Format

Send to:

Choose Destination
See comment in PubMed Commons below
J Natl Cancer Inst. 1998 Jun 17;90(12):911-5.

Insulin-like growth factor 1 and prostate cancer risk: a population-based, case-control study.

Author information

  • 1Department of Medical Epidemiology, Karolinska Institute, Stockholm, Sweden. Alicja.Wolk@mep.ki.se

Abstract

BACKGROUND:

Recent epidemiologic investigations have suggested an association between increased blood levels of insulin-like growth factor 1 (IGF-1) and increased risk of prostate cancer. Our goal was to determine whether an association exists between serum levels of IGF-1 and one of its binding proteins, insulin-like growth factor-binding protein 3 (IGFBP-3), and prostate cancer risk.

METHODS:

An immunoradiometric assay was used to quantify IGF-1 levels and IGFBP-3 levels in serum samples as part of a population-based, case-control study in Sweden. The study population comprised 210 patients with newly diagnosed, untreated prostate cancer and 224 frequency-matched control subjects. Data were analyzed by use of unconditional logistic regression to calculate odds ratios (ORs) and 95% confidence intervals (CIs). Reported P values are two-sided.

RESULTS:

The mean serum IGF-1 level for case patients (158.4 ng/mL) was significantly higher than that for control subjects (147.4 ng/mL) (P = .02); corresponding mean serum IGFBP-3 levels were not significantly different between case patients (2668 ng/mL) and control subjects (2518 ng/mL) (P =.09). We found a moderately strong and statistically significant (P = .04) positive association between serum levels of IGF-1 levels and risk of prostate cancer (OR = 1.51; 95% CI = 1.0-2.26 per 100 ng/mL increment); the association was particularly strong for men younger than 70 years of age (OR = 2.93; 95% CI = 1.43-5.97). No association was found between serum IGF-1 levels and disease stage. Serum IGFBP-3 levels were not significantly associated with increased risk of disease, and adjustment for IGFBP-3 had little effect on the association between IGF-1 levels and risk of prostate cancer.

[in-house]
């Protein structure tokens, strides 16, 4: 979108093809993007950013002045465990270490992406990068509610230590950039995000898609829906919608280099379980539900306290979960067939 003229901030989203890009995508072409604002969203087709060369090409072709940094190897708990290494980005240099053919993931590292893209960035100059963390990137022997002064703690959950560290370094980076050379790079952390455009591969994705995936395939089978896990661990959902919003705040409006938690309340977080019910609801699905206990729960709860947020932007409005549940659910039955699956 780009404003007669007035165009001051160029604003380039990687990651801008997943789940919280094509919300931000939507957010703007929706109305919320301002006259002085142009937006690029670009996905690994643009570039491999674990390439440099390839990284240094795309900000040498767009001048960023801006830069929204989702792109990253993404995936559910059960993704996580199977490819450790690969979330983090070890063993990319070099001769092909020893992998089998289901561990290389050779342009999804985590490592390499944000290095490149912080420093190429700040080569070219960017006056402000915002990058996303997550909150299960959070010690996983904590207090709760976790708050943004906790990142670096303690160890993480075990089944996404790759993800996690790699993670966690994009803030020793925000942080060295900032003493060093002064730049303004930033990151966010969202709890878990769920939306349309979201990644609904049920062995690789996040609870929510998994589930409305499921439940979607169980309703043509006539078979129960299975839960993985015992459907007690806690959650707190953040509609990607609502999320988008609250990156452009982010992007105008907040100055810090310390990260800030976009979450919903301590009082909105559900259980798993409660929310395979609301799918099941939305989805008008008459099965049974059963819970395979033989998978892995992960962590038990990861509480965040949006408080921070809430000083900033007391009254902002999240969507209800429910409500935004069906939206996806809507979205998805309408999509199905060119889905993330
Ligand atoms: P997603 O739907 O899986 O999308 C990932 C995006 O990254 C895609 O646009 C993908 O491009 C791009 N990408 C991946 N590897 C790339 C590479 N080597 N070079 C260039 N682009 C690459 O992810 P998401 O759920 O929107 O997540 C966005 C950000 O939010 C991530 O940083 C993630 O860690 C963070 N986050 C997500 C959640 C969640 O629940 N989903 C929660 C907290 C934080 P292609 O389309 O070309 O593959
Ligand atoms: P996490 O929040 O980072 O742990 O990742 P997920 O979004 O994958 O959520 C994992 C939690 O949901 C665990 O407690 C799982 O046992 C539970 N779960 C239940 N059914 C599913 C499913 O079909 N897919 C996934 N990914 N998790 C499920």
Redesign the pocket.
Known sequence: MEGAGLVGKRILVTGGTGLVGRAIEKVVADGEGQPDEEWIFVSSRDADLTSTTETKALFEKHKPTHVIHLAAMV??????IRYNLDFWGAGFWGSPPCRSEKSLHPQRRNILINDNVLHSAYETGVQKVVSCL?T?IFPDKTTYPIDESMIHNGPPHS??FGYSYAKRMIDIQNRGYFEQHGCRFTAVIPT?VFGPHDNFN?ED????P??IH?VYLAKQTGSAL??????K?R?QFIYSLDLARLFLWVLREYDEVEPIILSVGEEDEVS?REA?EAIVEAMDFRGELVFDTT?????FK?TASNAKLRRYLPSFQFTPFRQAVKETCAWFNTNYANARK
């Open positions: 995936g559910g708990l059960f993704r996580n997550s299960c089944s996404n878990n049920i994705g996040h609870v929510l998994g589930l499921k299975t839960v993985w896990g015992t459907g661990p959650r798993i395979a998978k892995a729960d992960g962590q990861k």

CONCLUSION:

Elevated serum IGF-1 levels may be an important predictor of risk for prostate cancer. However, our results do not support an important role for serum IGFBP-3 as a predictor of risk for this disease.

PMID:
9637140
[PubMed - indexed for MEDLINE]
Free full text
PubMed Commons home

PubMed Commons

0 comments
How to join PubMed Commons

    Supplemental Content

    Full text links

    Icon for HighWire
    Loading ...
    Write to the Help Desk